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American Favorite Ballads, Vol. 1


Download links and information about American Favorite Ballads, Vol. 1 by Pete Seeger. This album was released in 1957 and it belongs to Rock, World Music, Songwriter/Lyricist, Kids, Contemporary Folk genres. It contains 28 tracks with total duration of 01:13:09 minutes.

Artist: Pete Seeger
Release date: 1957
Genre: Rock, World Music, Songwriter/Lyricist, Kids, Contemporary Folk
Tracks: 28
Duration: 01:13:09
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No. Title Length
1. John Henry 4:31
2. Shenandoah 1:50
3. Blue Tailed Fly (Jimmie Crack Corn) 2:35
4. Black Girl 2:33
5. Skip to My Lou 3:11
6. The Big Rock Candy Mountain 3:08
7. Clementine 3:05
8. Yankee Doodle 1:40
9. Home On the Range 1:51
10. John Brown's Body 2:59
11. Goodnight, Irene 3:43
12. Swing Low, Sweet Chariot 2:37
13. Oh, Susanna 1:17
14. Wayfaring Stranger 1:15
15. Oh, Mary, Don't You Weep 2:31
16. Down In the Valley 3:45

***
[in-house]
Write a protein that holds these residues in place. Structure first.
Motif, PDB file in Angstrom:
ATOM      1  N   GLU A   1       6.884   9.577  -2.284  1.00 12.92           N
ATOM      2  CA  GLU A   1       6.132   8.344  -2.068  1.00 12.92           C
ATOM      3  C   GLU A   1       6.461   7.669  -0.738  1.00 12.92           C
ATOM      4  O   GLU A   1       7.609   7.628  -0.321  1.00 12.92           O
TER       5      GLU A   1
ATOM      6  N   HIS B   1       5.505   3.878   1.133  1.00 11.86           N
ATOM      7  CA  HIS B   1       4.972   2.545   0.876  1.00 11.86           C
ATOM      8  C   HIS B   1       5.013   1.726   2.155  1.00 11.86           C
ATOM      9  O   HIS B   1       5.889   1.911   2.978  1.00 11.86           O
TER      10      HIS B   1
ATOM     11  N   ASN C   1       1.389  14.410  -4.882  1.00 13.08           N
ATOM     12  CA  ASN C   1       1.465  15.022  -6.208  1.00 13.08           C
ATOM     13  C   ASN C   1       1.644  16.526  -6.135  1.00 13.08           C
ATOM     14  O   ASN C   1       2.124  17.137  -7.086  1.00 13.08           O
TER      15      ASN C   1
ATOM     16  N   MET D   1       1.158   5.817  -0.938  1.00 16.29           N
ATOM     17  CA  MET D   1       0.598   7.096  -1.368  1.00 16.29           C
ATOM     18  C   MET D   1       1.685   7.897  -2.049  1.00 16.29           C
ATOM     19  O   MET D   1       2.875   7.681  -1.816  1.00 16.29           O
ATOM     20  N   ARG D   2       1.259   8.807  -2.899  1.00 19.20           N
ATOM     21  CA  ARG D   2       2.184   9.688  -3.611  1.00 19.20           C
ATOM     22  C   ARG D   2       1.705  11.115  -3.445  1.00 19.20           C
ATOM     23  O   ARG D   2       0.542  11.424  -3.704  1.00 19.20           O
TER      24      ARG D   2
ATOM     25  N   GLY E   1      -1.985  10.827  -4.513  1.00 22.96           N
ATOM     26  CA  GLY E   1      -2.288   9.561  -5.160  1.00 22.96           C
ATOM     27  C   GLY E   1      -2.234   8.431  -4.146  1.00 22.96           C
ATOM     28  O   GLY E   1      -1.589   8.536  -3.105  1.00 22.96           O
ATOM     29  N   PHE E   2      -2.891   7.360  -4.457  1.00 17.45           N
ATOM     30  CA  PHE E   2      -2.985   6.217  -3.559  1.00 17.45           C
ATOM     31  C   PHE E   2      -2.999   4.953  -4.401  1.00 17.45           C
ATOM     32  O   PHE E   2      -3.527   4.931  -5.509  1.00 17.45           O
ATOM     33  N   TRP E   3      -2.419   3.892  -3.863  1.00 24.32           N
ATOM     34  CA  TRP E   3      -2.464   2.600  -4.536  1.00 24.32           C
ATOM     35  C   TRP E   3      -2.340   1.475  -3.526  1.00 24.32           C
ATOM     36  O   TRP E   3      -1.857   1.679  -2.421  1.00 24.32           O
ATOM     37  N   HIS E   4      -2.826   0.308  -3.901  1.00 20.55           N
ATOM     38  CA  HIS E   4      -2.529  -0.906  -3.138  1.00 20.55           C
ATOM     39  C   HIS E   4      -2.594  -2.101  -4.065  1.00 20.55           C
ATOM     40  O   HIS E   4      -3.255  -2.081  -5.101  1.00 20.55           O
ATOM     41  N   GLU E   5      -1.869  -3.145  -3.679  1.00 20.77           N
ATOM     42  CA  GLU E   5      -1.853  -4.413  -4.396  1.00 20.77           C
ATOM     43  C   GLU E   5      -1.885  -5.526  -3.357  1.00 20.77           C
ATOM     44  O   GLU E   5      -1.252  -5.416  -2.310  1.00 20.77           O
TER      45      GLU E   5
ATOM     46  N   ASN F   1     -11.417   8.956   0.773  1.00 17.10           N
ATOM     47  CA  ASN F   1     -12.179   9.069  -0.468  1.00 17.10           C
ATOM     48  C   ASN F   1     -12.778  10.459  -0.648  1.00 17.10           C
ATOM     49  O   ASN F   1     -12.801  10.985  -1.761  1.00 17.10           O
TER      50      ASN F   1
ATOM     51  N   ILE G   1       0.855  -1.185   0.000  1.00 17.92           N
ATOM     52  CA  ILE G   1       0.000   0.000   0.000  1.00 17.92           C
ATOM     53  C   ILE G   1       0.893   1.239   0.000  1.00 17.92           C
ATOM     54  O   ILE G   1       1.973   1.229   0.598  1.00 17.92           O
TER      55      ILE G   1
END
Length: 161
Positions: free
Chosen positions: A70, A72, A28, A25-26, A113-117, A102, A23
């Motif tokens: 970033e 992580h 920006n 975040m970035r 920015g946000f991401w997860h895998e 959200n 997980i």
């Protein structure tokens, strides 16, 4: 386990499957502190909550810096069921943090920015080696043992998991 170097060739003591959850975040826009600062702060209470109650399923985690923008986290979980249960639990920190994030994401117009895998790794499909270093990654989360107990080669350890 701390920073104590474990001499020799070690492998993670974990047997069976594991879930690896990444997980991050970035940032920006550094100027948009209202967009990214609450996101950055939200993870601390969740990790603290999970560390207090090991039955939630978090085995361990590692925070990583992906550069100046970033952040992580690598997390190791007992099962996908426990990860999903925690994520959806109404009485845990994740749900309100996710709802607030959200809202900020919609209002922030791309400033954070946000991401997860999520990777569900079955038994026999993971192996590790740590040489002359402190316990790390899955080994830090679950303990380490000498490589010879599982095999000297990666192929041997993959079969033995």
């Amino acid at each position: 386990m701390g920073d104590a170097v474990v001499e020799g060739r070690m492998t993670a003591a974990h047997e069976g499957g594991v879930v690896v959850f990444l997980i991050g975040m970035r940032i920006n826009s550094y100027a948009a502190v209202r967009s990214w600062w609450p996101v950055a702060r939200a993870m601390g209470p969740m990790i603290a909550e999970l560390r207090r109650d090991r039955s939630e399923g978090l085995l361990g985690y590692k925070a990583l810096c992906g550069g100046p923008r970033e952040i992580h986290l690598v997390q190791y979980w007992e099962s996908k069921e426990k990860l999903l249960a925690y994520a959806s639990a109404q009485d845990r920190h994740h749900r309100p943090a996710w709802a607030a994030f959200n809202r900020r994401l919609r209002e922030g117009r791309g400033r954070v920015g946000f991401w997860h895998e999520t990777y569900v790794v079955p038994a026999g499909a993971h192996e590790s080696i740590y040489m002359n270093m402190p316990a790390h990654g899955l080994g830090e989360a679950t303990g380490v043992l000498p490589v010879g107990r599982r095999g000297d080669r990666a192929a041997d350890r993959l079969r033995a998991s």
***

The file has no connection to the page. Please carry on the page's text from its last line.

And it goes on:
17. The Wabash Cannonball 3:05
18. On Top of Old Smoky 2:19
19. Frankie and Johnny 4:27
20. I Ride an Old Paint 3:24
21. The Wreck of the Old 97 1:53
22. Wagoner's Lad 1:25
23. Old Dan Tucker 2:14
24. I've Been Working On the Railroad 1:27
25. Cielito Lindo 2:34
26. So Long, It's Been Good to Know You (Dusty Old Dust) 3:22
27. America the Beautiful 1:38
28. This Land Is Your Land 2:50



Much of the banjo playing here sounds different than normal banjos because in addition to pioneering the preservation of American folk music Pete Seeger also single-handedly invented a modification of the instrument, elongating its neck by three frets, allowing for his preferred method of detuning the strings a minor third lower than the standard 5-string banjo. American Favorite Ballads, Vol. 1 (the first in a five-volume set) focuses largely on the songs Seeger recorded in the McCarthy era of the ‘50s, when his singing voice and political voice got him blacklisted. “John Henry” opens the collection with Seeger’s fast-picking and straight tenor singing the narrative of the folk hero who challenged the birth of industrial labor. Did you know that the proper title for “Jimmy Crack Corn” is actually “Blue Tailed Fly” and that it was a blackface minstrel song musing joyously on the death of a slave owner? That song is here too, as are much more whimsical numbers like “Skip to My Lou” and of course Woody Guthrie’s “This Land Is Your Land.”